Quite naturally Smith opened the pages of the Review and Herald to other critics of geology. The titles adequately reveal the recurring message: "The Blunders of Geologists," "The Uncertainty of Geological Science," and "False Theories of Geologists."15 Typical is the comment of George W. Amadon, the 28-yearold editor of the Youth's Instructor, a periodical for Adventist young people: "No class of scientific men are more hasty and rash in making assertions than some geologists." "As a science it is not demonstrative, and its oracles are contradictory and clash with each other."16 Likewise, the secretary of the General Conference of Seventh-day Adventists, C. M. Stone, warned that "the guess-work of geologists is a very' unsafe foundation on which to build theories that go hack of the record of Moses," and then went on to deny the validity of the principle of uniformity.17
The editors of the Review and Herald regularly reprinted what they considered to he devastating examples of the "extravagant pretensions" and the "absurdity" of geology. In one of these a Reformed Presbyterian minister in Chicago, Robert Patterson, observed that to construct the earth's history from processes currently going on was like measuring "a youth of six feet high, and finding that he grew half an inch last year, [concluding] thence that he was a hundred and forty-four years old."18 In another, President Joseph F. Tuttle of Wabash College was said to have scored "a capital bit on that popular farce and prime minister of skepticism, geological guess-work," when he suggested that fossils-particularly human ones-found in geological formations much lower and earlier than usually assigned to men had probably dropped to that level during earthquakes.19 On a third occasion, an article in the Scientific American estimating the age of the earth to be six hundred million years elicited the following critique:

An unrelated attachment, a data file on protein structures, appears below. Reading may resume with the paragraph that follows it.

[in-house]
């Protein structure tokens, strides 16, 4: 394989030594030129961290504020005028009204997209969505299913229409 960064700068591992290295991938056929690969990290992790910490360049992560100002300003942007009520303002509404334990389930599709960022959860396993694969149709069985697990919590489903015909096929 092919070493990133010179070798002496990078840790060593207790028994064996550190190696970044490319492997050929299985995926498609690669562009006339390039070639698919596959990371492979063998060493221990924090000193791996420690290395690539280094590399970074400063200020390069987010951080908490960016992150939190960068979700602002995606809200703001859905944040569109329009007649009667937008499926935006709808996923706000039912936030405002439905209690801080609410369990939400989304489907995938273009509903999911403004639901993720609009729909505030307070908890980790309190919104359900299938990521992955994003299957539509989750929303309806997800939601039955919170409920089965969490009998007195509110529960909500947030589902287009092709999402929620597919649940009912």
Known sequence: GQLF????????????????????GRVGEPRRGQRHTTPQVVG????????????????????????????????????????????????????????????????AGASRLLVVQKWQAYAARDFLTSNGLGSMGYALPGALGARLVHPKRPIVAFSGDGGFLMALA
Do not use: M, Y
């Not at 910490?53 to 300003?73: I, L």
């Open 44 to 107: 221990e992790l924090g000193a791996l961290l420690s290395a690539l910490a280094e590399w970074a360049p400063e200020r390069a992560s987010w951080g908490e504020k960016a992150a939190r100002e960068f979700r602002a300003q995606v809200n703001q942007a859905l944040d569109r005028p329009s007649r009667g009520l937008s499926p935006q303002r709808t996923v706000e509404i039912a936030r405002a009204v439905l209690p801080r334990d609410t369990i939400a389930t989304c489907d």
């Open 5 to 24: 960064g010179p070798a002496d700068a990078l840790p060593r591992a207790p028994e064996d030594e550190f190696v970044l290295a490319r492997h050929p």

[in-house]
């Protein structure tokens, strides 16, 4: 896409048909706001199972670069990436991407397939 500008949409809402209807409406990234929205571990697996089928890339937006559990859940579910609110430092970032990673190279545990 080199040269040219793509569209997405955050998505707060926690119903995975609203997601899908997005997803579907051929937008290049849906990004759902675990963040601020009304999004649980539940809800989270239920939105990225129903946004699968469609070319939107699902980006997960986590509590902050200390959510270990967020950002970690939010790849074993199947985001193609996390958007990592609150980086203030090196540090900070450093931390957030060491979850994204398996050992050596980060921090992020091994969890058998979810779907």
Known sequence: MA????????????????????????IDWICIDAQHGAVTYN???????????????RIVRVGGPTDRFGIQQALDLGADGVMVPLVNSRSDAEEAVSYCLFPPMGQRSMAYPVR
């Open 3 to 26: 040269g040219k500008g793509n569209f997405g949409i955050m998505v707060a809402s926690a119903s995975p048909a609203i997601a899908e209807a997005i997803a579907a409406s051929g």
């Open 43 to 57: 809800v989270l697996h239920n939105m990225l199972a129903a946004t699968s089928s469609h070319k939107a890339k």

The reader will see at once the basis of this wonderful conclusion: first, an "estimate," then a "probability,"
then an "assumption," then a fact which is available only if the assumption is correct, then another "assumption," then the grand "conclusion." And having thus positively proved Moses to he five hundred and ninetynine millions, nine hundred and ninety-four thousand sears from the truth, they are happy! How nice it is to have such clear and positive knowledge about these things 20
Alonzo T. Jones